The recent explosion in data acquisition, although certainly not unique to the neurosciences, has positioned the brain to be one of the most probed, but least understood subjects in science. Everyday countless data sets cataloging the neural activity recorded by microelectrode arrays, the pathways illuminated by retrograde tracing, or the pathological markers inferred from genome-wide association studies, along with new computational tools to visualize and analyze this data, are made publicly available online, yet a global account of brain functioning remains elusive. Adhering to the biological dogma that structure determines function, many neuroscientists set out to untangle the connectome – a complete account of all of the connections made within the nervous system.
Such a wiring diagram is believed to be necessary, but not sufficient, to understand the nervous system, by providing a static structural framework for analyzing dynamic interactions at the level of neurons, circuits, or cortical regions. In this sense it would play the same role as the genome has in understanding complex interactions between genetic elements. However, due to the enormity of the data set for humans (~1014 synapses), and the scale of individual connections (~20 nm across the synaptic cleft), only the connectome of a single species, the roundworm C. elegans with 302 neurons, has been completely described. Despite these challenges, many researchers believe progress is possible by implementing a hierarchical approach to systematically characterize the structure of the mammalian nervous system.
Dr. Larry Swanson of the University of Southern California, in collaboration with fellow connectomics researchers, has proposed performing connectivity analyses at multiple spatial scales to reconstruct a connectome by interpolating across the spatial and temporal resolutions explored by various technologies. To be feasible, the scales must form a nested hierarchy, and so a macroconnection is defined to be between two gray-matter regions, a mesoconnection between two neuron types, and a microconnection between two individual neurons. Although, most mammalian connectomics research is still focused on the macro-scale, Swanson believes such a macroconnectome will detail global organization themes that will help to map data at finer scales. In particular Dr. Swanson has focused on the connectome of the albino, adult rat, and has had success in elucidating the macroconnection architecture of the cerebral cortex and nuclei.
The macroconnectomes of the rat cerebral cortex and cerebral nuclei were constructed by mining the primary literature for evidence of macroconnections, and network analyses were performed to identify distinctive architectural features. Both of the macroconnectomes were found to be fairly dense, with ~40% of all possible macroconnections present, to have four distinct hubs (regions much more highly connected than in the network on average), and a rich club (group of highly connected regions that connect to other highly connected regions) containing the four hubs. This means that both networks should be quite robust to lesion of any single member the rich club, as their high degree of connectivity implies redundant processing. However, the cortex was shown to exhibit greater small-world attributes and reciprocity (prevalence of symmetric connections) than the cerebral nuclei network. This supports the view that the cortex has a greater role in the efficient integration of global information, while the cerebral nuclei network mediate information flow in specific circuits between the cortex and subcortical regions.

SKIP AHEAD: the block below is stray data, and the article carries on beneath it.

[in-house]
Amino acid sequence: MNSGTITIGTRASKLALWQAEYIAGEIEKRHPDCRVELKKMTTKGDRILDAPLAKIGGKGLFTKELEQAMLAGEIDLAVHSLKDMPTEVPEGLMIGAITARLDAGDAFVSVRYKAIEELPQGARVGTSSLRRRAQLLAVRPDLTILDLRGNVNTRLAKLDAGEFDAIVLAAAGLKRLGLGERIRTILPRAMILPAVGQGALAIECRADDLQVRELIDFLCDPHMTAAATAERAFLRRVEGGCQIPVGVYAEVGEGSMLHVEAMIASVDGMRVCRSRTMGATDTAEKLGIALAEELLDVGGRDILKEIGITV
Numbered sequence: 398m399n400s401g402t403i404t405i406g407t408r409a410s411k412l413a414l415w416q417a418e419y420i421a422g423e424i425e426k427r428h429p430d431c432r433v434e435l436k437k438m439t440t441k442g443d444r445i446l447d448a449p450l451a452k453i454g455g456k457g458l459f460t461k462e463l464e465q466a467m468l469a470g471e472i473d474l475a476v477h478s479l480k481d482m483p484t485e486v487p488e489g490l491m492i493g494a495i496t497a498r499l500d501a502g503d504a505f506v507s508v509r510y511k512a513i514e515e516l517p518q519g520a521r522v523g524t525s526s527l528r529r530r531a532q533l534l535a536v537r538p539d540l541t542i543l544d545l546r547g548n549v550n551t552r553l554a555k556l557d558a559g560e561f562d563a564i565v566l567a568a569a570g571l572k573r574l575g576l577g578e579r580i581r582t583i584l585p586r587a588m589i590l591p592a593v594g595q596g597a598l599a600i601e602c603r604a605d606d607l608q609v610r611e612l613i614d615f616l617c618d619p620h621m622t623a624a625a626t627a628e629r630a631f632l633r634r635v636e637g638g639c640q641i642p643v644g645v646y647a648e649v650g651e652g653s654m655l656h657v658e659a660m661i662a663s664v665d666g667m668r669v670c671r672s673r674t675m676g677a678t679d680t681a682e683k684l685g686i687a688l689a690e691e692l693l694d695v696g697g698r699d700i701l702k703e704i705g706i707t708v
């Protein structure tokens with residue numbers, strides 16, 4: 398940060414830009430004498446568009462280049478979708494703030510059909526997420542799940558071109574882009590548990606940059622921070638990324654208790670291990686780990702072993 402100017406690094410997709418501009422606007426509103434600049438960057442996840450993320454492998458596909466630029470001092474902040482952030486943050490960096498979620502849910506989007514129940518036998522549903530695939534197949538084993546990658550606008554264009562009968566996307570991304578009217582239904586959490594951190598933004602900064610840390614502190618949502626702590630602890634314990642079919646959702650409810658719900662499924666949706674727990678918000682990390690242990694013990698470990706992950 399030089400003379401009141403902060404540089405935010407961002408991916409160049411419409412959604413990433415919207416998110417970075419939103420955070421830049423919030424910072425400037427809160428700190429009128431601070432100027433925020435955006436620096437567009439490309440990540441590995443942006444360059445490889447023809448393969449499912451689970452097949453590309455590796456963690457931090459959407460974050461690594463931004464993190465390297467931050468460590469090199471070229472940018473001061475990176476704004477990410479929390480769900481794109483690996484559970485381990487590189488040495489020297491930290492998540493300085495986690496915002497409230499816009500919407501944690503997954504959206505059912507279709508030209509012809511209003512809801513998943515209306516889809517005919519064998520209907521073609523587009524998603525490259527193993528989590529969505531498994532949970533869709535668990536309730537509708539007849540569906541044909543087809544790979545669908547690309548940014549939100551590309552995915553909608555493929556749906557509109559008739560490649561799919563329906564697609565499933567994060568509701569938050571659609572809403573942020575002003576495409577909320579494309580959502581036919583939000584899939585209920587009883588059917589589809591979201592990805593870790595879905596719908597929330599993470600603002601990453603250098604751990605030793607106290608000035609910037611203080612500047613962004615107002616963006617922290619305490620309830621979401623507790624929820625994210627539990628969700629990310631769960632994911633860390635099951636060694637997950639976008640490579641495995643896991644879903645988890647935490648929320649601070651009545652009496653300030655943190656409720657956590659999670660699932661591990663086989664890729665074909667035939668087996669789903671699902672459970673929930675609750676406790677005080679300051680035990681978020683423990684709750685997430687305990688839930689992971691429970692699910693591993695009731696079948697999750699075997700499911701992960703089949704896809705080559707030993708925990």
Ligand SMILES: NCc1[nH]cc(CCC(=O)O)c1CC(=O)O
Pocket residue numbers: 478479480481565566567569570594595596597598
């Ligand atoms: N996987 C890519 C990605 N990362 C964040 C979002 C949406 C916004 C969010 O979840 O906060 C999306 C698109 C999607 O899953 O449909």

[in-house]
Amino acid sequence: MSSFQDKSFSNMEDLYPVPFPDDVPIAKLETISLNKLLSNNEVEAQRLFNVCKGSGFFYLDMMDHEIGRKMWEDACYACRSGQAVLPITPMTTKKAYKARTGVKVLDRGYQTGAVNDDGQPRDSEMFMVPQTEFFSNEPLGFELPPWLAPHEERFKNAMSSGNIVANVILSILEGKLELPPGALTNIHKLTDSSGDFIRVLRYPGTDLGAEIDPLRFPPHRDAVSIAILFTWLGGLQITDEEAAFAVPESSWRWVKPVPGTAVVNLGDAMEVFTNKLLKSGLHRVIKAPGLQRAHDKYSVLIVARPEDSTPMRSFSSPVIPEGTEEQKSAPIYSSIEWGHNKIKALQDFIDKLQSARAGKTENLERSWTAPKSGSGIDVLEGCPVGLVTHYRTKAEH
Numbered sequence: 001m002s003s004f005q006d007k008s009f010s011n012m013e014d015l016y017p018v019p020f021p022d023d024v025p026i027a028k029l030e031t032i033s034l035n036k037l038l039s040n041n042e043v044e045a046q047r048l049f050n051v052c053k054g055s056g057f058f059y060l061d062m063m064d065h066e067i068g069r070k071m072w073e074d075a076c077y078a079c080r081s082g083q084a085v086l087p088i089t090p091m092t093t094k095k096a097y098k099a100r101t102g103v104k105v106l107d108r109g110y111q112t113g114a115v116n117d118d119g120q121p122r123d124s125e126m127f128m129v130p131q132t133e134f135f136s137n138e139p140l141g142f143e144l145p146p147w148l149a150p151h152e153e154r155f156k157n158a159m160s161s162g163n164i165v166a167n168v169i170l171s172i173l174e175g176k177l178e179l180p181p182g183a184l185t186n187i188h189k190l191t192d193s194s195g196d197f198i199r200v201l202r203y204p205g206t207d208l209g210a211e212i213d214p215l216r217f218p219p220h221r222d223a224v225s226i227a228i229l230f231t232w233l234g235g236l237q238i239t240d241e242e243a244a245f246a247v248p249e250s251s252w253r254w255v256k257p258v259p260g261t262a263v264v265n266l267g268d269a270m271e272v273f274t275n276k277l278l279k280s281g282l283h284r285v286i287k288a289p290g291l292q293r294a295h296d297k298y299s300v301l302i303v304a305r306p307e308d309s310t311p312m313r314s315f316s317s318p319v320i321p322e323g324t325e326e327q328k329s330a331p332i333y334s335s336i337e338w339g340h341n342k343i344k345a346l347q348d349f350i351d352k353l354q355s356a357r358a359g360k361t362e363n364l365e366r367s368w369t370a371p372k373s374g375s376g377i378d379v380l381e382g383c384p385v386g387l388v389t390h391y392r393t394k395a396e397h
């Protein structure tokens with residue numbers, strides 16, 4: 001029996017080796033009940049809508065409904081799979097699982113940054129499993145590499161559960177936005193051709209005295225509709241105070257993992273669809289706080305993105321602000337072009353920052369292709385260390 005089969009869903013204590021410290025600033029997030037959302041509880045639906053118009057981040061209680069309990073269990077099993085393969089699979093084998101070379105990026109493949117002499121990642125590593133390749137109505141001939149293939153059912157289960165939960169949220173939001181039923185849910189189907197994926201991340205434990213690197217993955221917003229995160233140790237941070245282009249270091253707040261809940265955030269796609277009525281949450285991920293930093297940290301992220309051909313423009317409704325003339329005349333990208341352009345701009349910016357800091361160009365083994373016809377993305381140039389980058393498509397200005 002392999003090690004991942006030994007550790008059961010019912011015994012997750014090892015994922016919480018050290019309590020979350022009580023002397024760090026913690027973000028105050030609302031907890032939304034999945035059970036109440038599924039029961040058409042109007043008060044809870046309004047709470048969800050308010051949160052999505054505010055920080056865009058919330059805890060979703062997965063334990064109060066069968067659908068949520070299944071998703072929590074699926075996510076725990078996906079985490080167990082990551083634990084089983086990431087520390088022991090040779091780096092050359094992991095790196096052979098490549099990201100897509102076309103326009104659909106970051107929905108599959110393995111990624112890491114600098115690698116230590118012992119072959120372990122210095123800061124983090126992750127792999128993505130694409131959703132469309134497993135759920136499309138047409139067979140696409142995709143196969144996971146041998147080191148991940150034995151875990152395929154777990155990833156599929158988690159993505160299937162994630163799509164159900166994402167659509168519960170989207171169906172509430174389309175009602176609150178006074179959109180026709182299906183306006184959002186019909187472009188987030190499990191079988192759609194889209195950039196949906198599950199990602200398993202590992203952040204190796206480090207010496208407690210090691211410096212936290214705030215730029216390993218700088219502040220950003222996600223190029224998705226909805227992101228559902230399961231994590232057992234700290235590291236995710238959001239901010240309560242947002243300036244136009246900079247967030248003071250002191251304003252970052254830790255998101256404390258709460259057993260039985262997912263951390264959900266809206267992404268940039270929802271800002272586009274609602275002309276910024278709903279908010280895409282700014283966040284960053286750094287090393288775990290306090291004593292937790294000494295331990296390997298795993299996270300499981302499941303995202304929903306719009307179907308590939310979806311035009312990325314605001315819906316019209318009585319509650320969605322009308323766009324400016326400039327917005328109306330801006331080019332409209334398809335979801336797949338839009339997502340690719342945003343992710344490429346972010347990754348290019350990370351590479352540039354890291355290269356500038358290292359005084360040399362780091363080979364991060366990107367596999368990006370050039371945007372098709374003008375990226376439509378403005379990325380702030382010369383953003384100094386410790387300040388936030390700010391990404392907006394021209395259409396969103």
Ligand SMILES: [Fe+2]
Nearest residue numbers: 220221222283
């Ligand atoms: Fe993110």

Macroconnectomics, at the very least, provides neuroscientists a much more manageable way to visualize a rich and diverse set of anatomical data. In addition to generating complicated connection graphs, identifying hubs or modules can serve to reduce the dimensionality of the data being considered (see the top figure), and directs attention towards brain regions with potentially greater functional roles. Network analyses also provide a robust, well-defined strategy for the structural comparison of networks both within a single species (as was done here) and potentially across species. Dr. Swanson even believes that, due to the relatively conserved structure of cortical regions across mammals, the architectural principles found from rat macroconnectome analyses could be used as proxies for human cortical networks until new experimental techniques allow us to probe the human brain more directly.
This hierarchical research strategy is perfectly positioned to take full advantage of the mountains of neural data currently available, as well as adapt to and integrate future avalanches, in order to eventually provide a robust framework to consider neural connectivity. In the mean time, it can also provide useful tools and databases for researchers concerned with connectivity, and generate testable hypotheses about human cortical connections based on other model mammalian systems.
Please come join us on Tuesday, November 1st, at 4pm in the CNCB Marilyn Farquhar Seminar Room to hear more about this exciting avenue of research from Dr. Larry Swanson.
Ryan Golden is a first-year student in the neurosciences graduate program rotating in Dr. Bradley Voytek’s lab. His interests currently lie in neural computation, how network architecture constrains information processing, and how neurommodulation influences plasticity.